Another table piece favorite, the Persian Prince may seem like a powdery multicolored flower in bright spaces, but it is rather a two-toned lavender to blue-violet bloom up close. The medium green leaves can also be scalloped, referred to as a girl leaf, as the body grows up to a semi-miniature size.
#13 ‘Candy Fountain’
Bright pinks haven’t gotten enough attention in this list, and yet this eye-catching trailer will surely make up for that! The powdery, lighter variegations on the medium to darker shades of green on the leaves are doing wonders, adorned by tiny, bright candy pink blossoms that poke all over. Such a tease!
#14 ‘Frozen in Time’
Decorated with star-shaped, white flowers having green edges and at time lavender tinges, ‘Frozen in Time’ is simply a stand-out from all the “icy”-patterned, standard cultivars! It’s in tandem with light green leaves that are thinly variegated on the margins, and that will surely add brightness to any room! At some growing conditions, their foliage can also strut a deep, dark green or a dull-medium, and yet equally a delight, either way!
#15 ‘Lonestar Twilight’ and ‘Summer Twilight’
Such a pair shouldn’t be apart! A match made in heaven, the purple petals of Summer Twilight are lined with white edges, while the Lonestar Twilight has white flowers lined with purple. Their ruffled blooms are a feast on the sight, so each will stand out without the other!
#16 ‘Champagne Pink’
This semi-miniature is perfect simply because both the floral and foliage parts glow pinks! The crown-type of variegation in the ovate, medium green leaf regions are in white, cream, and pink, and the pink flowers are double types in pansy shape. It screams of personality if not somebody accidentally sprayed a pinkish tint on a garden plot.
A collection shouldn’t go without the native types, especially if you are that much interested in plant breeding. Now under the name S. ionanthus subspecies velutinus, it is widely called ‘Amazon’ and its distinct trait is a sticking out upward of the flower blooms. It is among the miniatures, and probably mothering the others, as well.
#18 ‘King’s Ransom’ and ‘King’s Treasure’
There hasn’t been enough emphasis on the fantasy lines, so the ‘King’s Ransom’ is one to represent. It is a double to semi-double pink flower with two borders, a layer of white and of a purple or a darker pink that is the fantasy streaks, as some dots radiate inwards.
The King’s Treasure is less on the streaks and more on the showcase of the said layers, if not of a light purple-blue-white towards the edge, so that at first glance, the ‘King’s Ransom’ would appear to be a dominant pink, while the ‘King’s Treasure’ is more of a purplish-blue palette.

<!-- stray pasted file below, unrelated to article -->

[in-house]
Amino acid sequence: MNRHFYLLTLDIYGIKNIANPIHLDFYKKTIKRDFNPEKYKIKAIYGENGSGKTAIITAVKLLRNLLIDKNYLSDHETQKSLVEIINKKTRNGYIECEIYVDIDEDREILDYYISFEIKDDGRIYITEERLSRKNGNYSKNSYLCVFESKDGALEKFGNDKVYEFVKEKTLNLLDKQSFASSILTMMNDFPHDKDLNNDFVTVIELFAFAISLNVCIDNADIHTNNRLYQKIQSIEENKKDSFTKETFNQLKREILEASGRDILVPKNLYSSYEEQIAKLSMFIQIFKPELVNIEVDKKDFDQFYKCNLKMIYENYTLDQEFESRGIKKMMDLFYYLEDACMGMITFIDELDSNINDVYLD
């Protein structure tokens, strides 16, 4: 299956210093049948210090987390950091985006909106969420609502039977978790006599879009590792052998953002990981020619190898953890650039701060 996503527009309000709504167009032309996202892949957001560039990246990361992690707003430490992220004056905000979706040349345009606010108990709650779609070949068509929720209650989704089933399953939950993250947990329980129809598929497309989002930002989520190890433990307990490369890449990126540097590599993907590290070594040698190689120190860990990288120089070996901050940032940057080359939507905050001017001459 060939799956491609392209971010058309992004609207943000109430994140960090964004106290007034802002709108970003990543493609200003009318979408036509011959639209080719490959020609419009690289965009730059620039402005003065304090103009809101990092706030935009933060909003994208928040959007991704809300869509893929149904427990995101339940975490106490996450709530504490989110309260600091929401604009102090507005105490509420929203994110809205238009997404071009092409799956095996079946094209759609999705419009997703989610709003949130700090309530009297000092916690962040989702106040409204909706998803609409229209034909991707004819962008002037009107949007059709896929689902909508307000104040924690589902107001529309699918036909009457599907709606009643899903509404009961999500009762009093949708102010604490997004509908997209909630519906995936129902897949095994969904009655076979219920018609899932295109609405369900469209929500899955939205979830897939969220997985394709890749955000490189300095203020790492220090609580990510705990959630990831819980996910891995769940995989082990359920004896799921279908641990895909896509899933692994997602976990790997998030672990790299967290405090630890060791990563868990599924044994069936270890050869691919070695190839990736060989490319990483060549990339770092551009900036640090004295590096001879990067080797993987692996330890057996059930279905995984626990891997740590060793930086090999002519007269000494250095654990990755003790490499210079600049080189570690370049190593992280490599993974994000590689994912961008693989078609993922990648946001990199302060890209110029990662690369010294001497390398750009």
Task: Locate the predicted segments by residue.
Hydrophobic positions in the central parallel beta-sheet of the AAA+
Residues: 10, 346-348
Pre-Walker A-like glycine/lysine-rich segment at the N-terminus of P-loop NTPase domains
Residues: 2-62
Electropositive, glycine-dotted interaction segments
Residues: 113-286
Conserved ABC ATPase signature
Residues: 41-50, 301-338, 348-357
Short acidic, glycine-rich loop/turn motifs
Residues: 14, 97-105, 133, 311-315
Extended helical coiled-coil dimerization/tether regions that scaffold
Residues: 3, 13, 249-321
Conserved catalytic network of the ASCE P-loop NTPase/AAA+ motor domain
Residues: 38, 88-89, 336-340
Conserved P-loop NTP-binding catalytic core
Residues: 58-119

#19 Mac’s ‘Just Jeff’
The mosaic glamour cannot be left ignored. With red blossoms sticking upright from the rosette, the leaves also demonstrate an excellent mosaic pattern of whites without overpowering the dark greens filling what’s left of the edges. This one’s featured also for its good record in blooming performance.
#20 ‘Ness Ruffled Skies’
The wistful ‘Ruffled Skies’ shows intricate ruffles on its two-toned, powdery deep blue to lavender petals. It has a spin-off, Ruffled Sky 2, which contains yellow-green edges outlining the fringes. The leaves are medium green with a red back.
#21 Okie Easter Bunny
This one is difficult to find even in online shops, but ‘Easter Bunny’ is what the forums are raving for, with its pale pink corolla outlined by darker pink if not purple hues. The effect is a minimalist, pristine charm. It’s an easy grower with bold blush hues so, it seems to be a collection staple!
The Russian-bred LE-Julia is one of the dreamiest and it’s quite rare to find their pictures anywhere. Russian hybrids of saintpaulias are typical of fringes in the corolla, although this variant stands out due to its supple lavender outlines over the white floral blades. The leaves are also curled, following the aesthetic.
#23 Rob’s ‘Pewter Bells’
Bell-shaped corollas are also observed in the variants. To add to the ringing elegance, Pewter Bells’ faintly variegated edges on dark green, ovate leaf blades can make a minimalist arrangement. The stalks to the flowers are upright and long, and still, the bells droop slightly to a fancy, as they should be. This is one of the well-known types.
#24 ‘Blue Tail Fly’ and ‘Royal Wasp’
Yes, the wasp types can look more like begonias from afar, if not orchids. Both the Blue Tail Fly and Royal Wasp are still emanating that grand color signature of their kind. The wasp-shaped corolla ranges from blue to bluish-purple, and the dark green blades are ovate and velvety for the Blue Tail Fly, while they tend to be wider and larger for the Royal Wasp so that they seem to be flying above a green throne. The Blue Tail Fly tends to trail while growing, in contrast to the other.
#25 ‘Blue Confetti’
This miniature is the last but not the least! Bids skyrocket for this magnificent coloration, as one of the few chimeras on this catalog, but when it comes to the charisma of this white-petaled blossom adorned with blue streaks on the side of each petal, this miniature will unquestionably make any space posh.
Up next: How to care for African violets
~ image source: depositphotos/NewAfrica